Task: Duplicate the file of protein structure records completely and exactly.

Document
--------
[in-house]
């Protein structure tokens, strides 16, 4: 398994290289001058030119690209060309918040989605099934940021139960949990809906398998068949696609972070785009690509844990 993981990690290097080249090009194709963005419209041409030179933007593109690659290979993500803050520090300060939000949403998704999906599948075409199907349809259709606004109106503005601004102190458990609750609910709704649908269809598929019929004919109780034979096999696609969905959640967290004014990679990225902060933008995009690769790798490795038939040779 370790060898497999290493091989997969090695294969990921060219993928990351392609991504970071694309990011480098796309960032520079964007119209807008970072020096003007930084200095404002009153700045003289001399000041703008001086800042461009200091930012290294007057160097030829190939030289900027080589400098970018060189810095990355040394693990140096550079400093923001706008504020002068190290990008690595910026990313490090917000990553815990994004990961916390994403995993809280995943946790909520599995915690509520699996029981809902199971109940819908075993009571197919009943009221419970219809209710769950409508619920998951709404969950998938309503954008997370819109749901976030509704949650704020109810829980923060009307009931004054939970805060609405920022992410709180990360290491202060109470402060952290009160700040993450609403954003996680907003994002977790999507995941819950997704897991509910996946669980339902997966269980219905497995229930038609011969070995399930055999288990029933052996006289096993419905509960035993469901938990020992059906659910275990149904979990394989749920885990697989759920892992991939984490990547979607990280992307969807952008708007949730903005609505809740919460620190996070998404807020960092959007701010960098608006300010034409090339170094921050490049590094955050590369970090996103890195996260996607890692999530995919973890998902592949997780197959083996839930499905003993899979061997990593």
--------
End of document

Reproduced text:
[in-house]
């Protein structure tokens, strides 16, 4: 398994290289001058030119690209060309918040989605099934940021139960949990809906398998068949696609972070785009690509844990 993981990690290097080249090009194709963005419209041409030179933007593109690659290979993500803050520090300060939000949403998704999906599948075409199907349809259709606004109106503005601004102190458990609750609910709704649908269809598929019929004919109780034979096999696609969905959640967290004014990679990225902060933008995009690769790798490795038939040779 370790060898497999290493091989997969090695294969990921060219993928990351392609991504970071694309990011480098796309960032520079964007119209807008970072020096003007930084200095404002009153700045003289001399000041703008001086800042461009200091930012290294007057160097030829190939030289900027080589400098970018060189810095990355040394693990140096550079400093923001706008504020002068190290990008690595910026990313490090917000990553815990994004990961916390994403995993809280995943946790909520599995915690509520699996029981809902199971109940819908075993009571197919009943009221419970219809209710769950409508619920998951709404969950998938309503954008997370819109749901976030509704949650704020109810829980923060009307009931004054939970805060609405920022992410709180990360290491202060109470402060952290009160700040993450609403954003996680907003994002977790999507995941819950997704897991509910996946669980339902997966269980219905497995229930038609011969070995399930055999288990029933052996006289096993419905509960035993469901938990020992059906659910275990149904979990394989749920885990697989759920892992991939984490990547979607990280992307969807952008708007949730903005609505809740919460620190996070998404807020960092959007701010960098608006300010034409090339170094921050490049590094955050590369970090996103890195996260996607890692999530995919973890998902592949997780197959083996839930499905003993899979061997990593």